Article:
Welcome to You Should Be Watching, my weekly opportunity to introduce you to a variety of great films, gems of the past and present, available for you to stream from Netflix, Amazon Prime, FilmStruck, and anywhere else streams are found. This week I’m recommending an epic wartime trilogy about a man striving to live up to his pacifist ideals in 1940s Japan, an award-winning film about a mother and her son whose entire world is the room they live in, expiring from Amazon Prime soon, and lastly a fascinating documentary detailing the exploits of the man who famously walked a wire between the Twin Towers of Manhattan. Also, this week is your last chance to catch Captain America: Civil War on Netflix.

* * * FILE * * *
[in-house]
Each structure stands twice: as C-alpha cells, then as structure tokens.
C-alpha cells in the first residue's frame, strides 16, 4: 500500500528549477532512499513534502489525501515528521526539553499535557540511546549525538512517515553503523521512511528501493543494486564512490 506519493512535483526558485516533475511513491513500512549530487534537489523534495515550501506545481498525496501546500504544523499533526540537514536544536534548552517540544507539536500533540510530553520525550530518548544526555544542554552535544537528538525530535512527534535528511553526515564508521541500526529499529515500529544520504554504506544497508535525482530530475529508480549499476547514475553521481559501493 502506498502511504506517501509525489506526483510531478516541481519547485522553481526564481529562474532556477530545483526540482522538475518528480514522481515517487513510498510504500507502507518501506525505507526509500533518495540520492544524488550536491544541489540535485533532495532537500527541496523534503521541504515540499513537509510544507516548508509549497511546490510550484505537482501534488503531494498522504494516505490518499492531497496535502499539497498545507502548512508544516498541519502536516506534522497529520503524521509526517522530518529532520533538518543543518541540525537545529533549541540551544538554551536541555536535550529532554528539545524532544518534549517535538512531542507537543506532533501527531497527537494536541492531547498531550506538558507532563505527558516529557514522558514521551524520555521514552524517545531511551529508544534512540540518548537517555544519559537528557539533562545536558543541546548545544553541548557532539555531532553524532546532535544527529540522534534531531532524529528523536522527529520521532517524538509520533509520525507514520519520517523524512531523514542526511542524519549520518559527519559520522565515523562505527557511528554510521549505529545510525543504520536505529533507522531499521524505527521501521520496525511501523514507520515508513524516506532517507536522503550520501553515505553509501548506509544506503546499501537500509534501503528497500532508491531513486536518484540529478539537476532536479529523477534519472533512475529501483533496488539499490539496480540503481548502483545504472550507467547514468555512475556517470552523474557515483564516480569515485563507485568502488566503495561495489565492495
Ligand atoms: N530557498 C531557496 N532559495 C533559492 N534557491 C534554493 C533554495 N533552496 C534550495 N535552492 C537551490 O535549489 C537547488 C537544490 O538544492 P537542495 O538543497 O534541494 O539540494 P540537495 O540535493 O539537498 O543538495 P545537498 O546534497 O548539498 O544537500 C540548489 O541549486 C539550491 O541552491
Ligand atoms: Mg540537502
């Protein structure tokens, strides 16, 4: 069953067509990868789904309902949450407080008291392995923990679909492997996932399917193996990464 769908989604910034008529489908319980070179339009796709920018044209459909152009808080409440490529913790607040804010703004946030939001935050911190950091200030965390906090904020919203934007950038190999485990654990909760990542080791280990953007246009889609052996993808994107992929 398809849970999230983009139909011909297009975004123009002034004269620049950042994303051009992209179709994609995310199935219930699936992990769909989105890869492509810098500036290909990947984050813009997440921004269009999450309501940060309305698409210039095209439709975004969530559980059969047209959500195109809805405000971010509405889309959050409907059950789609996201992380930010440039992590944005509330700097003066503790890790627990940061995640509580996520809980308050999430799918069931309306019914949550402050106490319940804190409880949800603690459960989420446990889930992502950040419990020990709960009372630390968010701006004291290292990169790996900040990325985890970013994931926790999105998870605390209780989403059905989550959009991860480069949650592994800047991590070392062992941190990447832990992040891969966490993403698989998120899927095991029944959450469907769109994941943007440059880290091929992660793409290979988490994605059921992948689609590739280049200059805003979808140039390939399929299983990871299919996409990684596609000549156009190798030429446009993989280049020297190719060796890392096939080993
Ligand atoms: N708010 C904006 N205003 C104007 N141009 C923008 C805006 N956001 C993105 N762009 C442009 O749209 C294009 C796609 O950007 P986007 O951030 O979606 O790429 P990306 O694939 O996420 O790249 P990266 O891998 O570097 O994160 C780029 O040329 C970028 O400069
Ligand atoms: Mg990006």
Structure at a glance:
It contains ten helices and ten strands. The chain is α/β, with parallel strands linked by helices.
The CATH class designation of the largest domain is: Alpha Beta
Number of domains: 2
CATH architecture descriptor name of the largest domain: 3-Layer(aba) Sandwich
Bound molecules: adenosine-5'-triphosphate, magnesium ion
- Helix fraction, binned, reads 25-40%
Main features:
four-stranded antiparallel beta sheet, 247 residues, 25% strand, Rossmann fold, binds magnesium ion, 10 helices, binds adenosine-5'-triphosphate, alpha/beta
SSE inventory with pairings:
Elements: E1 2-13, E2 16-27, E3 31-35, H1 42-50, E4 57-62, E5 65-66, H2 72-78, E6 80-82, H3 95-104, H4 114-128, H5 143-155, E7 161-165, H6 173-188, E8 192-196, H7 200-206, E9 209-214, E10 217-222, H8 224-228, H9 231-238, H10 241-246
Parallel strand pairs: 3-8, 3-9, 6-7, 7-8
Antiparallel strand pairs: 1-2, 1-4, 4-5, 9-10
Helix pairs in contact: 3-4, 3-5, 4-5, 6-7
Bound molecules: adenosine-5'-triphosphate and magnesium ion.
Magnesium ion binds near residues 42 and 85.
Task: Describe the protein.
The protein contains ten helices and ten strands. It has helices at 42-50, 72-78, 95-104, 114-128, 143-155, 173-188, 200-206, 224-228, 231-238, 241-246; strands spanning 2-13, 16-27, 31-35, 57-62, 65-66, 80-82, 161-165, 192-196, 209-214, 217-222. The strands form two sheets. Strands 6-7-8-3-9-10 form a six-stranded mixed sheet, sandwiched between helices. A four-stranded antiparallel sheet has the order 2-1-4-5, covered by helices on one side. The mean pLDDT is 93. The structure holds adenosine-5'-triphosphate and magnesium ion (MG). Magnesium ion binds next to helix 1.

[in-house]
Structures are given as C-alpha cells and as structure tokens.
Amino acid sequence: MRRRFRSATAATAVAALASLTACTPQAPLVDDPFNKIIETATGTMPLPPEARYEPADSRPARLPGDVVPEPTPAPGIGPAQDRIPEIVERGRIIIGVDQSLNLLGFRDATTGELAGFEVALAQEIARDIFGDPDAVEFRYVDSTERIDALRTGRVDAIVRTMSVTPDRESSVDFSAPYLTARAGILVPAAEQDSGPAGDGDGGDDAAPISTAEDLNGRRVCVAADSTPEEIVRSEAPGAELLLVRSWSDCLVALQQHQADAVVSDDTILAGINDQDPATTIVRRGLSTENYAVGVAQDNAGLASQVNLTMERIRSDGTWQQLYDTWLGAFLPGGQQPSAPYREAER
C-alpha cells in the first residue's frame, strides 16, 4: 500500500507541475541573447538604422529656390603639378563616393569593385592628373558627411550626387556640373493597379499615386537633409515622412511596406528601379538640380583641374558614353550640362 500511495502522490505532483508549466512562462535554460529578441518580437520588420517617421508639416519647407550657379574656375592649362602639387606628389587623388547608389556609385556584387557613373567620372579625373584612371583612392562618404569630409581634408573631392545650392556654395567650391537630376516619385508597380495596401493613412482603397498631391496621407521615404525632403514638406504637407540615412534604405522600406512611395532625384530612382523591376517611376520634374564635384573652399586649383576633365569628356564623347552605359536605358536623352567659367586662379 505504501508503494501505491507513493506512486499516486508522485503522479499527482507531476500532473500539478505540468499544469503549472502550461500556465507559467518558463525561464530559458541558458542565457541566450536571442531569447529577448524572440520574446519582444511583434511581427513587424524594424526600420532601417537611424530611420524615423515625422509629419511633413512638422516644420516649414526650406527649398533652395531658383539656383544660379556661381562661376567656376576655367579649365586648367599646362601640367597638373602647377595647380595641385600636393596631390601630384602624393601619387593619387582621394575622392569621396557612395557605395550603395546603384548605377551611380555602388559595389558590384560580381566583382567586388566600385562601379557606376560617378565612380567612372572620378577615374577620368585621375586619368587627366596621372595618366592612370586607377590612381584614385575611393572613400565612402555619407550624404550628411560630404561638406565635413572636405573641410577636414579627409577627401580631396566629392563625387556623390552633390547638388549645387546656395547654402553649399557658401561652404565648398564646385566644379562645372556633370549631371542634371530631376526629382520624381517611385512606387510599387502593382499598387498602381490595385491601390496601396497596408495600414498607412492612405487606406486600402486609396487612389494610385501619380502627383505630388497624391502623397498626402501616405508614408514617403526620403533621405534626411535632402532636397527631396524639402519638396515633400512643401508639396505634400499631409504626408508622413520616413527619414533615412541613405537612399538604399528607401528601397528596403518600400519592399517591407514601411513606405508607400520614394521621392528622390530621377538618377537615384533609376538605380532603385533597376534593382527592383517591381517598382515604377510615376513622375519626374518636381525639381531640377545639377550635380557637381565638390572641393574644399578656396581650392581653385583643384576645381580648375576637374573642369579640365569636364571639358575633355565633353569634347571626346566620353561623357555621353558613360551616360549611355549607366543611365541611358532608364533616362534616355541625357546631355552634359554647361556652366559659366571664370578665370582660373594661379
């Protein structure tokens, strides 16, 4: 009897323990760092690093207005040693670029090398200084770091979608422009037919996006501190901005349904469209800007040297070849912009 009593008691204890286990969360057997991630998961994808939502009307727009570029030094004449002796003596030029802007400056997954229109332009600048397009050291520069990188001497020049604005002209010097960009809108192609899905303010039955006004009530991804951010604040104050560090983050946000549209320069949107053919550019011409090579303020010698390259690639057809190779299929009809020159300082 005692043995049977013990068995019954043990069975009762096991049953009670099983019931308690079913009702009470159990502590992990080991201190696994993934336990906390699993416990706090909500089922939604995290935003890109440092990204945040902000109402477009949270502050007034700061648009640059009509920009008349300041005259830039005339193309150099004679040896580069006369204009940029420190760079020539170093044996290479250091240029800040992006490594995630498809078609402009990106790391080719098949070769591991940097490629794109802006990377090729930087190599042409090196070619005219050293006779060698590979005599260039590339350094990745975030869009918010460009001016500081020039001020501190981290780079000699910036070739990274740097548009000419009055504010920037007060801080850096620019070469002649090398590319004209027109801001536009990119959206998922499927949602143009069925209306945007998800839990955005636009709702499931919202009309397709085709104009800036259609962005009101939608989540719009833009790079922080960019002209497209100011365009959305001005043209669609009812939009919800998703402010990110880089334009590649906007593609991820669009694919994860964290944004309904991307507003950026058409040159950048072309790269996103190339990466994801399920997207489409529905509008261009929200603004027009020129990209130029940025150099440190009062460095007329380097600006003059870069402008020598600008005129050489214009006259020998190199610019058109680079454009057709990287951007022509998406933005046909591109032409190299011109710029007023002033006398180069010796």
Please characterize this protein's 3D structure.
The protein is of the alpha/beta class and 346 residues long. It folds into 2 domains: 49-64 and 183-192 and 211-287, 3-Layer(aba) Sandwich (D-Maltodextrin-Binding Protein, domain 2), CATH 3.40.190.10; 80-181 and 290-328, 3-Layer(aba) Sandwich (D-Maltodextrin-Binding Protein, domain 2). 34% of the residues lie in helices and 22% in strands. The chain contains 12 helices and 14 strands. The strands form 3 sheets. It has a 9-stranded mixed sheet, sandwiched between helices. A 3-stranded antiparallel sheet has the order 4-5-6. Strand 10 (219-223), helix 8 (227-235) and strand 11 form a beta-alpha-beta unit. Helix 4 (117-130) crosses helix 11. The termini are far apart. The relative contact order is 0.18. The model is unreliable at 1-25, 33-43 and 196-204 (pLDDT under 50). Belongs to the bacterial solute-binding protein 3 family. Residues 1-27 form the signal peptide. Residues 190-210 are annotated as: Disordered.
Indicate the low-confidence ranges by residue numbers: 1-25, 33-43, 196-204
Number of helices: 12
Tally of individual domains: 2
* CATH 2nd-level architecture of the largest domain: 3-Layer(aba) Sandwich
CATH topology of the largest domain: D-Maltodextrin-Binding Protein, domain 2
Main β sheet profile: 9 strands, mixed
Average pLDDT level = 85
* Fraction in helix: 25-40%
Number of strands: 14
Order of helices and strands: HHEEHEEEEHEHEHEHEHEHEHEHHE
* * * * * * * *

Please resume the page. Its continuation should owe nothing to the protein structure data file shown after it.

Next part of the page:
STREAMING PICKS OF THE WEEK
The Human Condition Trilogy
Year: 1959, 1960, 1961
Director: Masaki Kobayashi
Genre: Drama, History, War
Cast: Tatsuya Nakadai, Michiyo Aratama, Chikage Awashima, Ineko Arima, Sô Yamamura, Akira Ishihama, Kôji Nanbara, Seiji Miyaguchi, Tôru Abe, Masao Mishima, Eitarô Ozawa, Kôji Mitsui, Akitake Kôno, Nobuo Nakamura, 山茶花 究, Eijirō Tōno, Shinsuke Ashida, Keiji Sada, Yasushi Nagata, Yoshio Kosugi, Toshiko Kobayashi, Taiji Tonoyama, Akira Tani, Junji Masuda, Torahiko Hamada, Teruko Kishi, Takamaru Sasaki, Akio Isono, Jun Ôtomo